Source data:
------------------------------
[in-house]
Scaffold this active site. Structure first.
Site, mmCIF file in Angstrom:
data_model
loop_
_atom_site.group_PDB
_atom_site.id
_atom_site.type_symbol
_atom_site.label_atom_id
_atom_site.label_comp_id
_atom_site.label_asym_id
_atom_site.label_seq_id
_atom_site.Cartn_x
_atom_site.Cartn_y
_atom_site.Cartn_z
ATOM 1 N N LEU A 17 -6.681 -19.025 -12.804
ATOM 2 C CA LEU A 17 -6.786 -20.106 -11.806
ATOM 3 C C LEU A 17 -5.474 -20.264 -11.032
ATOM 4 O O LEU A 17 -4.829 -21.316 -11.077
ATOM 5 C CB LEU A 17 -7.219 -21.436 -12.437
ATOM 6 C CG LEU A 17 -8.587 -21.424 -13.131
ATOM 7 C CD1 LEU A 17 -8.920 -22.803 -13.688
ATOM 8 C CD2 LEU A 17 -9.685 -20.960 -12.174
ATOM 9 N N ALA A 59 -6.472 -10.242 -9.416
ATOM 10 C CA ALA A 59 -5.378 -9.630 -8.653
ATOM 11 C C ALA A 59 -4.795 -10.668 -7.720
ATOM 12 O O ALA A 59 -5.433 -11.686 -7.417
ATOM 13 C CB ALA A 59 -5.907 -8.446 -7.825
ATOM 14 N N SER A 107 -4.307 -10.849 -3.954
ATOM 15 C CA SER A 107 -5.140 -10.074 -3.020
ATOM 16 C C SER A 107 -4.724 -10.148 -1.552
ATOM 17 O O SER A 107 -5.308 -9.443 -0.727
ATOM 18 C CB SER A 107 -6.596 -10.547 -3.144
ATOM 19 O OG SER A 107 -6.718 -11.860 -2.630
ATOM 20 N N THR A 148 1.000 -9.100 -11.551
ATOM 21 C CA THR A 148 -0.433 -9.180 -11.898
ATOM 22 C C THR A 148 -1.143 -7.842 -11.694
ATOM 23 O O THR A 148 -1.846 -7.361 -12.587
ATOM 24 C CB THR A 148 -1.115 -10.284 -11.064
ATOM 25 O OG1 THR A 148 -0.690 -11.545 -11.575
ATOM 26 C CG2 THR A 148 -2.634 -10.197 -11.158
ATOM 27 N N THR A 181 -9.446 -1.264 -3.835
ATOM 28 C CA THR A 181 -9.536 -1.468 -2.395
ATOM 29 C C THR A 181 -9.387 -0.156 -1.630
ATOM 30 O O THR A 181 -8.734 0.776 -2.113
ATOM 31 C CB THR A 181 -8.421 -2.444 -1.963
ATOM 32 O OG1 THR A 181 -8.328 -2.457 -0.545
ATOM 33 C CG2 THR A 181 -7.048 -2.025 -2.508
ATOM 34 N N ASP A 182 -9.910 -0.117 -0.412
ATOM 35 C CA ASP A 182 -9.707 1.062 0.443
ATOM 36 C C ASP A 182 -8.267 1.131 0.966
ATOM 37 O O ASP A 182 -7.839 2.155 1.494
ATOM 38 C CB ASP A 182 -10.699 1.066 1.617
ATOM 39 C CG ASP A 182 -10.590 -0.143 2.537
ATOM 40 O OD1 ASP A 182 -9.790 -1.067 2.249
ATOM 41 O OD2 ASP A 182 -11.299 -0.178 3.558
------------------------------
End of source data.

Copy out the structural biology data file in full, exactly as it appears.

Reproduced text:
[in-house]
Scaffold this active site. Structure first.
Site, mmCIF file in Angstrom:
data_model
loop_
_atom_site.group_PDB
_atom_site.id
_atom_site.type_symbol
_atom_site.label_atom_id
_atom_site.label_comp_id
_atom_site.label_asym_id
_atom_site.label_seq_id
_atom_site.Cartn_x
_atom_site.Cartn_y
_atom_site.Cartn_z
ATOM 1 N N LEU A 17 -6.681 -19.025 -12.804
ATOM 2 C CA LEU A 17 -6.786 -20.106 -11.806
ATOM 3 C C LEU A 17 -5.474 -20.264 -11.032
ATOM 4 O O LEU A 17 -4.829 -21.316 -11.077
ATOM 5 C CB LEU A 17 -7.219 -21.436 -12.437
ATOM 6 C CG LEU A 17 -8.587 -21.424 -13.131
ATOM 7 C CD1 LEU A 17 -8.920 -22.803 -13.688
ATOM 8 C CD2 LEU A 17 -9.685 -20.960 -12.174
ATOM 9 N N ALA A 59 -6.472 -10.242 -9.416
ATOM 10 C CA ALA A 59 -5.378 -9.630 -8.653
ATOM 11 C C ALA A 59 -4.795 -10.668 -7.720
ATOM 12 O O ALA A 59 -5.433 -11.686 -7.417
ATOM 13 C CB ALA A 59 -5.907 -8.446 -7.825
ATOM 14 N N SER A 107 -4.307 -10.849 -3.954
ATOM 15 C CA SER A 107 -5.140 -10.074 -3.020
ATOM 16 C C SER A 107 -4.724 -10.148 -1.552
ATOM 17 O O SER A 107 -5.308 -9.443 -0.727
ATOM 18 C CB SER A 107 -6.596 -10.547 -3.144
ATOM 19 O OG SER A 107 -6.718 -11.860 -2.630
ATOM 20 N N THR A 148 1.000 -9.100 -11.551
ATOM 21 C CA THR A 148 -0.433 -9.180 -11.898
ATOM 22 C C THR A 148 -1.143 -7.842 -11.694
ATOM 23 O O THR A 148 -1.846 -7.361 -12.587
ATOM 24 C CB THR A 148 -1.115 -10.284 -11.064
ATOM 25 O OG1 THR A 148 -0.690 -11.545 -11.575
ATOM 26 C CG2 THR A 148 -2.634 -10.197 -11.158
ATOM 27 N N THR A 181 -9.446 -1.264 -3.835
ATOM 28 C CA THR A 181 -9.536 -1.468 -2.395
ATOM 29 C C THR A 181 -9.387 -0.156 -1.630
ATOM 30 O O THR A 181 -8.734 0.776 -2.113
ATOM 31 C CB THR A 181 -8.421 -2.444 -1.963
ATOM 32 O OG1 THR A 181 -8.328 -2.457 -0.545
ATOM 33 C CG2 THR A 181 -7.048 -2.025 -2.508
ATOM 34 N N ASP A 182 -9.910 -0.117 -0.412
ATOM 35 C CA ASP A 182 -9.707 1.062 0.443
ATOM 36 C C ASP A 182 -8.267 1.131 0.966
ATOM 37 O O ASP A 182 -7.839 2.155 1.494
ATOM 38 C CB ASP A 182 -10.699 1.066 1.617
ATOM 39 C CG ASP A 182 -10.590 -0.143 2.537
ATOM 40 O OD1 ASP A 182 -9.790 -1.067 2.249
ATOM 41 O OD2 ASP A 182 -11.299 -0.178 3.558